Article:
It was Baby who told Tampi and Joy that a man is visiting their home that day.
“Did you know that your alian is visiting today to marry your sister?”
They had in fact noticed a flurry of activities in sprucing up the house and the kitchen was abuzz with goodies making. Now they understood the importance of it all.
“Alian is coming to see my sister, alian is seeing my sister today.” , the boys aged 11, ran around the houses and shouted at everyone.
Their sister was getting ready to ‘see’ her prospective groom in the conventional ‘arranged-marriage’ style prevalent in South Indian village of Vallamkulam, Kerala in the late 1940′s. What they hadn’t realized was that the visiting suitor may or may not end up being an alian, Malayalam word for sister’s husband. In fact, their loud merrymaking aggravated their father so much that he even pounced on them with a disciplining rod.
However, it turned out that the visitor eventually did become their sister’s husband. The memory of the boys running around with shouts of joy and later being disciplined became a jocular anecdote that was passed down to me years later in late 60′s or early 70′s.
They were one of the most amazing couples I have ever known. The lived together 64 long years until yesterday when my uncle passed away in Bangalore. He had been on a ventilator support in medical ICU for about a week. Tampi, now 75, had visited him just a couple of days back. His wife, my aunt, always preferred to be called Mrs.Thomas and not by her name, is a subject of another story in its own merit. Although ailing very much, she made it a point to visit her comatose husband in the ICU two times every day until the day of death.
Vignettes of my uncle, Pappachayan, aka, Mr. Thomas flash by:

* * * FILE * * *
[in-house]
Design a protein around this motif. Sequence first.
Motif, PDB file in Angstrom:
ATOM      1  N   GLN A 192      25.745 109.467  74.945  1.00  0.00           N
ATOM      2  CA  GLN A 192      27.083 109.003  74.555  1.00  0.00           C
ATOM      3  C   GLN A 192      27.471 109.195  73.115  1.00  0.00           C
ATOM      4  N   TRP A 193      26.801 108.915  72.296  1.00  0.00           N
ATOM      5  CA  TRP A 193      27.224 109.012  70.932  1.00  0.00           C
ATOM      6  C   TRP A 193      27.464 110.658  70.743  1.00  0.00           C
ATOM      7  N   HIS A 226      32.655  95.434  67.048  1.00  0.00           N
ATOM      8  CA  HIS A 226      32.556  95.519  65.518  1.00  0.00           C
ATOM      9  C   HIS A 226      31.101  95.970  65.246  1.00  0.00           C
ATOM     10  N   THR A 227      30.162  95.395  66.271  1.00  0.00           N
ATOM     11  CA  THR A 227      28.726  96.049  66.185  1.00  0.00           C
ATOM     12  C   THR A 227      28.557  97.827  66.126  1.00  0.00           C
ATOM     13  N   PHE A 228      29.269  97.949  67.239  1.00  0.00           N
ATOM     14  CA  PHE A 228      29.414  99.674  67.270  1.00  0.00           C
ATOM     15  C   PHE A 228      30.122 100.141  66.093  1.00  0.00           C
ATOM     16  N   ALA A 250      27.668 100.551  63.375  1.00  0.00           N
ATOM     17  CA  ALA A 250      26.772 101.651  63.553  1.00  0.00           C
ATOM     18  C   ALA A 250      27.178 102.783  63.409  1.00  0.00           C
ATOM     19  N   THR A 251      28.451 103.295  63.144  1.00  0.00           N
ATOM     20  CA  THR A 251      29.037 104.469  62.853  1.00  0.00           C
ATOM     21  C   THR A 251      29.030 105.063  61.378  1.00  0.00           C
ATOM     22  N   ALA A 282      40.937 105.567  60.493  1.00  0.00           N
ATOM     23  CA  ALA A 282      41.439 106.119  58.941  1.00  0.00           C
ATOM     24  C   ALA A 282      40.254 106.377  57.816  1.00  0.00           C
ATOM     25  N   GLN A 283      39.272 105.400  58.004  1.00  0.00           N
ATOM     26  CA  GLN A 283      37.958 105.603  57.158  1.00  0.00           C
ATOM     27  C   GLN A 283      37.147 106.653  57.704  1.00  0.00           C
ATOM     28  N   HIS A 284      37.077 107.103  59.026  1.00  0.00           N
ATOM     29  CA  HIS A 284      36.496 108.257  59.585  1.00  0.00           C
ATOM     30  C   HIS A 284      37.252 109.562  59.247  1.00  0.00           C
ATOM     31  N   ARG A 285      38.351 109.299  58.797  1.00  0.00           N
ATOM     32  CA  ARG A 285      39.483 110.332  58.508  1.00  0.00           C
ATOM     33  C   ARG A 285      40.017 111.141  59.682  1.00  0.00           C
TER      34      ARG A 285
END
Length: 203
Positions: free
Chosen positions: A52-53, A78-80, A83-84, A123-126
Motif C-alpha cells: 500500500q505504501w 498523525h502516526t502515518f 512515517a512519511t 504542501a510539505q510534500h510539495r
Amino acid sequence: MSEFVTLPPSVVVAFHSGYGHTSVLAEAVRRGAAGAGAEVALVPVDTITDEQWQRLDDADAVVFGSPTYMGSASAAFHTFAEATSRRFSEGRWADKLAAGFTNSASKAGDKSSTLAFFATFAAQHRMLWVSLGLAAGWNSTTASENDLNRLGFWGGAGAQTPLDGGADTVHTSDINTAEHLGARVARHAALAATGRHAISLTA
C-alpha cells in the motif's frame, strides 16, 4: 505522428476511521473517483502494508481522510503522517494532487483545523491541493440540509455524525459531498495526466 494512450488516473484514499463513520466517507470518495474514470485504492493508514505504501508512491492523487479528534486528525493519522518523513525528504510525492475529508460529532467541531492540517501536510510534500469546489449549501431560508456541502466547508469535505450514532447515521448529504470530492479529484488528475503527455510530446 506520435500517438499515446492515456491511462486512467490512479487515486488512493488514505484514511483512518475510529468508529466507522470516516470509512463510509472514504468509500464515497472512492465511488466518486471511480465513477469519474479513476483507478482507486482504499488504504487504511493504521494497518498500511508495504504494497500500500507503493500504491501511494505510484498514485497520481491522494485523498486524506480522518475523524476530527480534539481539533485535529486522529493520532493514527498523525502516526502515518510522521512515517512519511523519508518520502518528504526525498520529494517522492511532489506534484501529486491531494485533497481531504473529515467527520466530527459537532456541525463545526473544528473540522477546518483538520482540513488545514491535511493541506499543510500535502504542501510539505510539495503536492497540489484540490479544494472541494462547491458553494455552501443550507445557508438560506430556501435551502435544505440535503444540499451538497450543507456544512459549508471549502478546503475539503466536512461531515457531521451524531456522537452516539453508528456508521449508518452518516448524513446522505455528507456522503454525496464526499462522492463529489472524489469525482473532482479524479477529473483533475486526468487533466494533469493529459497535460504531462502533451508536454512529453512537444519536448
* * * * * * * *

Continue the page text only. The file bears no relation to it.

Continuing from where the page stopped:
“Next year you are going to be in which grade in school?”
“That’s high school, my boy! You will be a big boy!”
His evening walks to Vallamkulam always included a sitting chat with Mathew of grocery shop. I used to go there, but always found Mathew aloof and businesslike. But here was my uncle on equal terms with him sitting on a stool opposite the cashier’s table and chatting!
“This is excellent, fine froth.” I would exclaim seeing his shaving expedition in the morning down to the well. There was no water running down a tap behind the bedroom those days.
I recall him sitting on the Jeep next to the driver and giving directions as my newly – wed wife and I sat in the rear seat. He had picked us up from a bus depot called Kalassa, some 150 km north of Mangalore to take us to the coffee plantations where he worked as manager those days. On one of those days, he just tripped down near a coffee plant. We giggled.
He quickly resumed his posture and beamed: “Oh! I was just examining the root of the plant.”
But the most famous one liner that I would remember is this: “You should have uttered a word.” He was responding to my announcement that we would be off from his estate the next day. Actually we hadn’t told him that in the beginning, neither had he asked.
May Pappachayan’s soul rest in peace!